Keywords :
Meteosat satellites ; Air pollution ; Arabian Sea ; Indian Ocean ; Aircraft observation ; Radar observation ; Albedo ; Models ; Forcing ; Extinction index ; Optical thickness ; Air mass ; Atmospheric boundary layer ; Marine atmosphere ; Plume ; Three dimensional structure ; Radiometry ; Lidar ; Optical properties ; Spatial distribution ; Aerosols ;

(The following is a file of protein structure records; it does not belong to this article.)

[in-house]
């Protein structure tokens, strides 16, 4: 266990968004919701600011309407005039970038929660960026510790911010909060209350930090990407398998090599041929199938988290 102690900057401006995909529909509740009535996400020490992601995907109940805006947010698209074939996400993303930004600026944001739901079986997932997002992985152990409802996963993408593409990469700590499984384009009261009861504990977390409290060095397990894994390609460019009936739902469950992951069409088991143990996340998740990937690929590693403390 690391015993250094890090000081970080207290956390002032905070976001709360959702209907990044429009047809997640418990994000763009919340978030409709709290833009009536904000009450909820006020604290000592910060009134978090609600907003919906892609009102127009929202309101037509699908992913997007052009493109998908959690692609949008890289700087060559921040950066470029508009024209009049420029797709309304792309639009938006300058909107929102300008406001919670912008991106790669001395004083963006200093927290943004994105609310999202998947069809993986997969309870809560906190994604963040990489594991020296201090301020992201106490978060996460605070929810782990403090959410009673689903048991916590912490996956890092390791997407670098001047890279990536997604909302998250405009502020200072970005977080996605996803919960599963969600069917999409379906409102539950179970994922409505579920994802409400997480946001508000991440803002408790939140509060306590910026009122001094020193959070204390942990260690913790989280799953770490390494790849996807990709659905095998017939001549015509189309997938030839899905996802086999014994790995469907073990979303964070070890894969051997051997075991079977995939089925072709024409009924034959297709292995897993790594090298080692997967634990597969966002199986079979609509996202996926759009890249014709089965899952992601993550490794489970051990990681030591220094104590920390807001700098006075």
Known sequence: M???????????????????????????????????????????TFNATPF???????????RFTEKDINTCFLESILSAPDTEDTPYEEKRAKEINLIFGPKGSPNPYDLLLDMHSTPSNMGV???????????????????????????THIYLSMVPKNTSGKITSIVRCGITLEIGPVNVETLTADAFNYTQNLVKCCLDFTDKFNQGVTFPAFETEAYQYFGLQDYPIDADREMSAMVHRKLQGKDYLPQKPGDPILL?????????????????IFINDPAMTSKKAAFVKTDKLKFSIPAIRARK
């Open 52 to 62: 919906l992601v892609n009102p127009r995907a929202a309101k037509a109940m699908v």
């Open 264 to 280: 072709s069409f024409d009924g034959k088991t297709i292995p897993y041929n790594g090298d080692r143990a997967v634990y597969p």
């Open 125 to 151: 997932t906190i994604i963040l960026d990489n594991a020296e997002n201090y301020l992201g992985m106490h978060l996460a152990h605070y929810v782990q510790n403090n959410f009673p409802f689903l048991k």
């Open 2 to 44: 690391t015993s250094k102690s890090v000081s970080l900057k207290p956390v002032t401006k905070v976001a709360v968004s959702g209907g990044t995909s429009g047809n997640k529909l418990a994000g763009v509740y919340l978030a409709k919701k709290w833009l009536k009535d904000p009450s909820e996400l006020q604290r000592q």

Source : Pascal - INIST  

Estimate of the aerosol properties over the ocean with POLDER
2000
Auteurs : J.-L. Deuzé, M. HERMAN, A. MARCHAND, G. PERRY, Goloub PHILLIPPE, S. SUSANA, S. SUSANA et Didier TANRE
Masquer le résumé